Centennial Paleontology Site

An Ancient World

About the time that the finishing touches were being put on Wind Cave, visitors to the place we call Wind Cave National Park would have seen a completely different world. The geological time period was Oligocene, which extended from about 34 million years ago until 23 million years ago. The Great Plains were just beginning to develop. Dense deciduous forests were becoming open wooded grasslands. The climate was subtropical and gradually became cooler and drier over a long period, transforming the vegetation of the Earth to something far more like that of today. These changing environments had a dramatic effect on the lives of mammals around the world.

The Land Changes

Mammals, which blossomed with the disappearance of the dinosaurs, were expanding both in range and in variety as land bridges between the continents allowed them to invade new territory. Here in South Dakota, the Great Plains was a rich environment where many animals, ones we would identify as quite unusual, lived their lives.


What Is This?

While the remains of these unusual animals are common on the Great Plains, recently, scientists uncovered a fossil record of their remains in the Black Hills. The fossil that first caught the attention of scientists was a set of very large teeth. Careful study of the area revealed that these were the teeth of a smaller distant cousin of today's rhinoceros - a Subhyrocodon occidentalis. This animal is about the same size as a modern yearling bison, but its teeth are distinctively different.

Scientist Investigate

The paleontologists quickly became interested in what other fossils the site might hold. To date, a primitive deer, a tortoise, a three-toed horse, and the rhinoceros have been identified. The deposit in which these fossils lie is the White River Group. The fossils were uncovered by the erosional affects of wind and rain that slowly removed the clay. As the clay became wet and dry, it expanded and contacted causing the fossils to become extremely fractured and fragile.


Protecting the Find

Because the fossils are extremely fractured, the scientists examining the area have to jacket the items they find so they will not fall apart upon inspection. To jacket something means that burlap dipped in plaster wrapped around the fossil. After the fossil is taken to the lab where it will be studied, the cast can be removed. Without the jacket, the fossil will break into many pieces and putting them back together again would be like putting together the world’s most difficult jigsaw puzzle.

Dr. Greg McDonald Examining Rhino Jacket
Dr. Greg McDonald Examining Rhino Jacket

NPS Photo by Tom Farrell

How to See the Fossils

The rhinoceros and other fossils are currently stored at the Mammoth Site in Hot Springs. Some preliminary cleaning and repair of the specimens is being done there. While it only took a week to remove the fossils from the ground, it will take months to remove the surrounding rock, stabilize the bone and completely prepare the fossils. The process will be slow because of the fractured and fragile nature of the bones and teeth.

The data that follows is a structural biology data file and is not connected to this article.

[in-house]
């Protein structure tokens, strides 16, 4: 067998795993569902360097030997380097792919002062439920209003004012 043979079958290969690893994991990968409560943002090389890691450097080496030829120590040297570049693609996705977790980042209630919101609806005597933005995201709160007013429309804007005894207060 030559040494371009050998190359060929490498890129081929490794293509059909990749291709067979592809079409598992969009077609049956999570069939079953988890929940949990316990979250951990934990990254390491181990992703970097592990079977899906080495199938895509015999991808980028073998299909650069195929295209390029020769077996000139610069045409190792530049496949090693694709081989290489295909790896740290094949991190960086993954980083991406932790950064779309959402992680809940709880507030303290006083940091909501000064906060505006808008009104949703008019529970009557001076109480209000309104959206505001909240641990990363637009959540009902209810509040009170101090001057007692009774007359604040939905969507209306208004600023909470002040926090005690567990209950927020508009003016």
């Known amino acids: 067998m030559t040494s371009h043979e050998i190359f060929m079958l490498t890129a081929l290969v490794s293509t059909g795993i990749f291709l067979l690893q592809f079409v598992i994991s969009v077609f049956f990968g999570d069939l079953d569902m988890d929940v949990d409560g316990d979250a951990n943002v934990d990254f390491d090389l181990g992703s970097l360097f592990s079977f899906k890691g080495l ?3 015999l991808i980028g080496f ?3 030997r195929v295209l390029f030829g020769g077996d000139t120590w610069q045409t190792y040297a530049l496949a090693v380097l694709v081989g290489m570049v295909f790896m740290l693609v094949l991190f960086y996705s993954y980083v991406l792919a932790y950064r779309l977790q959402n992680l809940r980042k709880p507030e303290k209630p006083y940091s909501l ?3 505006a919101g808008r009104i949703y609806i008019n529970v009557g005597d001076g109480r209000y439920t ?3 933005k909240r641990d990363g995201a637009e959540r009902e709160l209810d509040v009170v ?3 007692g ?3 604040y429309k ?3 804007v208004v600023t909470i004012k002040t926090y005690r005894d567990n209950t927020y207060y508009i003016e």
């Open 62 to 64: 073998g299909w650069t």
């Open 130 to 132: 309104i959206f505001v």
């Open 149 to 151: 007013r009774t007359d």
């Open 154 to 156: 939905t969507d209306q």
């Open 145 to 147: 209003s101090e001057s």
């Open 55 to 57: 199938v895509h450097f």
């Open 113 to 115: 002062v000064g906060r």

Visitors can view the fossils and watch the work being done to protect them at the Mammoth Site. The Mammoth Site staff has years of experience examining the earth’s records of more recent mammals such as the mammoths, the short faced bear, and the recently discovered American lion. The bones at the Mammoth Site are not like the White River Group fossils found at Wind Cave National Park. However, they are still fossils and their treatment is much the same. The bones at the Mammoth Site are about 26,000 years old where the fossils found in the park are about 30 million years old.

Catherine Burgess, Mammoth Site Intern, Working in Lab Piecing Together Teeth
Catherine Burgess, Mammoth Site Intern, Working in Lab Piecing Together Teeth

Mammoth Site Photo

More Fossil Sites

The erosion of the Rocky Mountains and Black Hills and volcanic eruptions from further west were responsible for the deposition of the fossil-rich White River clays, silts, and sands that form the White River Group found over large areas of South Dakota, Nebraska, Colorado, and Wyoming. Many of our national parks rich in fossil evidence are from the Oligocene Epoch. For more information about fossils or the Oligocene Epoch, visit the Badlands and Big Bend National Parks, John Day Fossil Beds National Monument, and now, Wind Cave National Park. These and other National Park Service sites can be accessed via the internet at www.nps.gov.


Last updated: February 20, 2018

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Mailing Address:

26611 US Highway 385
Hot Springs, SD 57747


(605) 745-4600

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